- Exercise on a regular basis (although not within two to three hours of your normal bedtime).
- Keep in mind that sleep problems can be a side effect of some medications prescribed for colds, allergies, high blood pressure, pain, asthma, heart disease, and depression.
- Ask your doctor to check your thyroid with a blood test that measures thyroid stimulating hormone. More than 10 million American women have undiagnosed thyroid disease, an endocrine disorder that can disturb sleep.
- Avoid caffeine, alcohol, and nicotine. Individual reactions to these substances can vary. Caffeine can affect sleep even when it’s consumed as early as 10 to 12 hours before bedtime.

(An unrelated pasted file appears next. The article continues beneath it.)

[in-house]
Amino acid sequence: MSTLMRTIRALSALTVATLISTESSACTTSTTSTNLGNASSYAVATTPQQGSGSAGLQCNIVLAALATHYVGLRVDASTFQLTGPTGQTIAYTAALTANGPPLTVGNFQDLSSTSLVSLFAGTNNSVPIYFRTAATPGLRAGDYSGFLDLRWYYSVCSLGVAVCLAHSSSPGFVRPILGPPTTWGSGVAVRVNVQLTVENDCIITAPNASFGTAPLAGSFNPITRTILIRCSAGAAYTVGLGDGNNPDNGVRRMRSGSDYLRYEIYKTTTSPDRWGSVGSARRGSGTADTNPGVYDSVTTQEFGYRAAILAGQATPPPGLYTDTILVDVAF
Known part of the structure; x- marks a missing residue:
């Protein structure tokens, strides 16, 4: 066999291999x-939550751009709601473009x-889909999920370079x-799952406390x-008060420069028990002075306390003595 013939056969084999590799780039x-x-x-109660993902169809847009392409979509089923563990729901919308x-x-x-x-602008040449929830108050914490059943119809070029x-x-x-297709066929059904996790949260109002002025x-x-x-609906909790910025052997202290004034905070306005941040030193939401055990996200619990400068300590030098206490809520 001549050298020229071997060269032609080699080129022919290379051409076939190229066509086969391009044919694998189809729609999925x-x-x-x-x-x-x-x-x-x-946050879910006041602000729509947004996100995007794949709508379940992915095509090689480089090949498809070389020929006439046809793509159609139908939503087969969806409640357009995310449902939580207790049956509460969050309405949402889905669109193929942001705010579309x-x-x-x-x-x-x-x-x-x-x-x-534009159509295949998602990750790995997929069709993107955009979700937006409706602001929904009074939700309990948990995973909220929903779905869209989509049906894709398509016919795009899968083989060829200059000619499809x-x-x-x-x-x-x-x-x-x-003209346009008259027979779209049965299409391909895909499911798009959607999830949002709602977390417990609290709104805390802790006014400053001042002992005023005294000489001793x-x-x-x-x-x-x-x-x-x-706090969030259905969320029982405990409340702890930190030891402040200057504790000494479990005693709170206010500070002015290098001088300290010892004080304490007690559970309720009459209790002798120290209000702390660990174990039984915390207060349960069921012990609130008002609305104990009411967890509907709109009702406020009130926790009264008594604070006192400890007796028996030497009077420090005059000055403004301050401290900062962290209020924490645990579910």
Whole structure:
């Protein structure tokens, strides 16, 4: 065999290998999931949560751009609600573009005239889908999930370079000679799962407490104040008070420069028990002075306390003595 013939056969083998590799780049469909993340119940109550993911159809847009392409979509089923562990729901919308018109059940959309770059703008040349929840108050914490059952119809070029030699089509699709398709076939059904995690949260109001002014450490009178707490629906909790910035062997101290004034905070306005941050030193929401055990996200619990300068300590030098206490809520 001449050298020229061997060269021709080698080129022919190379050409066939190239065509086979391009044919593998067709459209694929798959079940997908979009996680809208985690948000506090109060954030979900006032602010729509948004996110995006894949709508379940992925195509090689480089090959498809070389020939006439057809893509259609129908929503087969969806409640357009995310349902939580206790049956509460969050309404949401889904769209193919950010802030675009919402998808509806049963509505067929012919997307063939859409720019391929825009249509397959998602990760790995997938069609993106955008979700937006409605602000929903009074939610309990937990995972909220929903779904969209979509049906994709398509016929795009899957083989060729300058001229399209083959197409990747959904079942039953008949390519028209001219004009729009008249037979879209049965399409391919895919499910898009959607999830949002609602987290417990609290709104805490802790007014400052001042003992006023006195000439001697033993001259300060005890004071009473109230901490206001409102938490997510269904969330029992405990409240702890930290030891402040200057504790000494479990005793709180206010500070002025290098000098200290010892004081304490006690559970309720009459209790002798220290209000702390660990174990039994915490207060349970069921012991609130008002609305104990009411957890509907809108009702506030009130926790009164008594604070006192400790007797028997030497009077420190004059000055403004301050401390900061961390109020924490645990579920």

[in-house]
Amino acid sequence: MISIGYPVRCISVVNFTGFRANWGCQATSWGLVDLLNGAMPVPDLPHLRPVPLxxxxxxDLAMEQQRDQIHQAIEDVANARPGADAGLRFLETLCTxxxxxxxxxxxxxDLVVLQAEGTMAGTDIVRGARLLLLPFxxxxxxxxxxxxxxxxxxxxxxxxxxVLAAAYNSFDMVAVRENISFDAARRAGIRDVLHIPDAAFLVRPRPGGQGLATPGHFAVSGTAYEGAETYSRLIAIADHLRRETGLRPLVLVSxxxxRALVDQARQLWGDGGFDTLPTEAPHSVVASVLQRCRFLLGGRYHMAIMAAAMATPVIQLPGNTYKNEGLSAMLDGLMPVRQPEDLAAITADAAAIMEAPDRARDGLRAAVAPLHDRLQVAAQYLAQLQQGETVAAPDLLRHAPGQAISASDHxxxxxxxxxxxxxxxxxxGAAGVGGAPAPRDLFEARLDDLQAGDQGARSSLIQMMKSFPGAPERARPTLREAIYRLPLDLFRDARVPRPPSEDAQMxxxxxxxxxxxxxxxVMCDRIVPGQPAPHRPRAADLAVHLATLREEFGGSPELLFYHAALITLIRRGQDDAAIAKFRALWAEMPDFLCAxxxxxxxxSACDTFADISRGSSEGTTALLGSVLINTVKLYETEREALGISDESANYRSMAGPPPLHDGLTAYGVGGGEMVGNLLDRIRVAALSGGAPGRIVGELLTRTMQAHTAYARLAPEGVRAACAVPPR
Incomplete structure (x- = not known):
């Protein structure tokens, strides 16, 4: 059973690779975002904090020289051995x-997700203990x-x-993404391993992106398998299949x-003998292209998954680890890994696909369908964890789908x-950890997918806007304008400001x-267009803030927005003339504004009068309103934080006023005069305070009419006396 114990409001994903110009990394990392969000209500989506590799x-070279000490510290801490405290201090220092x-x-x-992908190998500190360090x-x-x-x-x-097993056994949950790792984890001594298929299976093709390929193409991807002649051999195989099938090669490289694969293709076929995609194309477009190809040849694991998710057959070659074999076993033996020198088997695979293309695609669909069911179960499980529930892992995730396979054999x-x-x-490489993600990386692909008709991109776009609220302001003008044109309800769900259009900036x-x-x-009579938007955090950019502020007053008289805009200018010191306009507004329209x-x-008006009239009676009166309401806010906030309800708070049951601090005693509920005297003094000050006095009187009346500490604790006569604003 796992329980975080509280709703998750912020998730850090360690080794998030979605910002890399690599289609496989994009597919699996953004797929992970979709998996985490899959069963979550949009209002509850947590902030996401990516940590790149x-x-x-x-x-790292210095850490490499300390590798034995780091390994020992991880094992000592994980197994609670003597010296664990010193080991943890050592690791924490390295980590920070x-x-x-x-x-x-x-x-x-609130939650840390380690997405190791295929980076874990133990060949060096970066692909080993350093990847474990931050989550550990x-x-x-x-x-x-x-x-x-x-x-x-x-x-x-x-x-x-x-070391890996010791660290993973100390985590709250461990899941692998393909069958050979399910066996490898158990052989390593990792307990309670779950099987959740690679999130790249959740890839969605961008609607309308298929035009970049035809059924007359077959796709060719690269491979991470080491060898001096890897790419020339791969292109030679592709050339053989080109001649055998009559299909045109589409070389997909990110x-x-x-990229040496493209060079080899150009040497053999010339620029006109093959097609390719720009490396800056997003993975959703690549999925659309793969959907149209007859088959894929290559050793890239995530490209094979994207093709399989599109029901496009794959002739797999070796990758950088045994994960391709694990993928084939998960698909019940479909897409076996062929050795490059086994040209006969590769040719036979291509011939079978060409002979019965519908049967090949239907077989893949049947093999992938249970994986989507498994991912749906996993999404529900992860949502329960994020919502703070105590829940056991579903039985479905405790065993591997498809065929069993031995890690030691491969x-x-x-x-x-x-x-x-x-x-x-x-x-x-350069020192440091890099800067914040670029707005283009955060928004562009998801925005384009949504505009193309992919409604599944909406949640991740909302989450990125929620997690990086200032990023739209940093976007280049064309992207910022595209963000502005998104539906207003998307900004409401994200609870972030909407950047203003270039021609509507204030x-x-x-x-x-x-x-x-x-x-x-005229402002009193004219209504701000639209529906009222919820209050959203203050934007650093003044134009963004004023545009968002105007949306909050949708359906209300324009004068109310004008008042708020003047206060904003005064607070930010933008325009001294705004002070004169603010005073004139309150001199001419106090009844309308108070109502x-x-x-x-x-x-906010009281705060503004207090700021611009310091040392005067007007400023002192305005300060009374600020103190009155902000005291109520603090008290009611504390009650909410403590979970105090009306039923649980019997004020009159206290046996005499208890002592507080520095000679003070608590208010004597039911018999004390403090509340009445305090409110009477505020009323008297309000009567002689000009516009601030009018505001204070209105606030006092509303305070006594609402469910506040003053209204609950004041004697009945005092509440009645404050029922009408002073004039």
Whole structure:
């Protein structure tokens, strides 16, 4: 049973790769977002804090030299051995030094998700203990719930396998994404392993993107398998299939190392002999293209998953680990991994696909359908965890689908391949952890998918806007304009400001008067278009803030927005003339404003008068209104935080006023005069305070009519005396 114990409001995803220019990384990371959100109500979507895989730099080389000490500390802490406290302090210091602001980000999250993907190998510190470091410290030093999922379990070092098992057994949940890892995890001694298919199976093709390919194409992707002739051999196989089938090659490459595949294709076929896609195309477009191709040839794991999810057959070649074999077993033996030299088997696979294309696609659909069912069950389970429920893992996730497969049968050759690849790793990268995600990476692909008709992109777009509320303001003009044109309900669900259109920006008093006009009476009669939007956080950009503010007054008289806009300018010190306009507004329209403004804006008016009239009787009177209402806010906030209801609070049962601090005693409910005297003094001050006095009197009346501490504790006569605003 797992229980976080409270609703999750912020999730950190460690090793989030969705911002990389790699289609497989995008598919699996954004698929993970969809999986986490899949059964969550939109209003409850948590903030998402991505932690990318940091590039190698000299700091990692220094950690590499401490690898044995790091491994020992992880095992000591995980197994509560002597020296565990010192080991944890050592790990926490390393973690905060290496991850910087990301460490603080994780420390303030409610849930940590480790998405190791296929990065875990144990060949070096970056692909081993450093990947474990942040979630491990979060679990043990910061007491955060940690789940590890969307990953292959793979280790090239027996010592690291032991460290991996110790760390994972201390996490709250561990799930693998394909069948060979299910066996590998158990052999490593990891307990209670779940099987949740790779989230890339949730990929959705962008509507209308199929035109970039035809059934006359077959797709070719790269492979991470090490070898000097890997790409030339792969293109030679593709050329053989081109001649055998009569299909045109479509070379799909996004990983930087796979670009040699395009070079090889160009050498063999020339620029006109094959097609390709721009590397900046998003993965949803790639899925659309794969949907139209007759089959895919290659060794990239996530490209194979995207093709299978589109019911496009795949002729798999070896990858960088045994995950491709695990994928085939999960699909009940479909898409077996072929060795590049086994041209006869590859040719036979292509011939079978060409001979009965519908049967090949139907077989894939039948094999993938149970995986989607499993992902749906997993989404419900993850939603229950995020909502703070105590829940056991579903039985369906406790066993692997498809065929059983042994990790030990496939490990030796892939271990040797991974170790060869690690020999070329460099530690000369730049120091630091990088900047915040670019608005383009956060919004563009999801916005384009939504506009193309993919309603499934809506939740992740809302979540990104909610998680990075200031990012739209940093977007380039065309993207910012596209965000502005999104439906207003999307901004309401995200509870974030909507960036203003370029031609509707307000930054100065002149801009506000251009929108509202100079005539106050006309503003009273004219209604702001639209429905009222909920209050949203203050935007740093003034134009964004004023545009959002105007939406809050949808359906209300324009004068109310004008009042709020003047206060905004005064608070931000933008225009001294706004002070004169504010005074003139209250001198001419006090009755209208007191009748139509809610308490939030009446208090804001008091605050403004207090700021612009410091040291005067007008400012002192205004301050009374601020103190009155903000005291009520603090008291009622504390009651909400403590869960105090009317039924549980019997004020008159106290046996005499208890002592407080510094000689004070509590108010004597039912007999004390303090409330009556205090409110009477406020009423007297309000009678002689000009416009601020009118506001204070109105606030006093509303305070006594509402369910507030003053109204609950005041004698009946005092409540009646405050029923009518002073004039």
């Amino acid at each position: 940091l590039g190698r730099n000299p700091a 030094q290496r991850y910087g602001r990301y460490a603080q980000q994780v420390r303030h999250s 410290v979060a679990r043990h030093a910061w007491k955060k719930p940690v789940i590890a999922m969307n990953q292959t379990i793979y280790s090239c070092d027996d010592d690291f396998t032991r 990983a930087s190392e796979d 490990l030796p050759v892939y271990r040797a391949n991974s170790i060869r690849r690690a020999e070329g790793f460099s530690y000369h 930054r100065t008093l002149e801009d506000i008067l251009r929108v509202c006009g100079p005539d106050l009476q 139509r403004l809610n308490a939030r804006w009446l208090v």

- Practice good sleep hygiene: Keep your bedroom dark, keep it cool, use it only for sleep and sex, stick to a regular sleep schedule, and avoid heavy meals in the evening. These common sense basics can help preserve both the quantity and quality of your sleep as you get older.
- If stress keeps you awake, experiment with relaxation techniques such as meditation, visualizing, and deep breathing. Or try body scan, an exercise to note the tension in each part of your body and consciously let it go. It can sometimes be hard to relax tense muscles after an active day, and the body scan technique helps you let go of tension one muscle group at a time.
Originally published in MORE magazine, October 2008.
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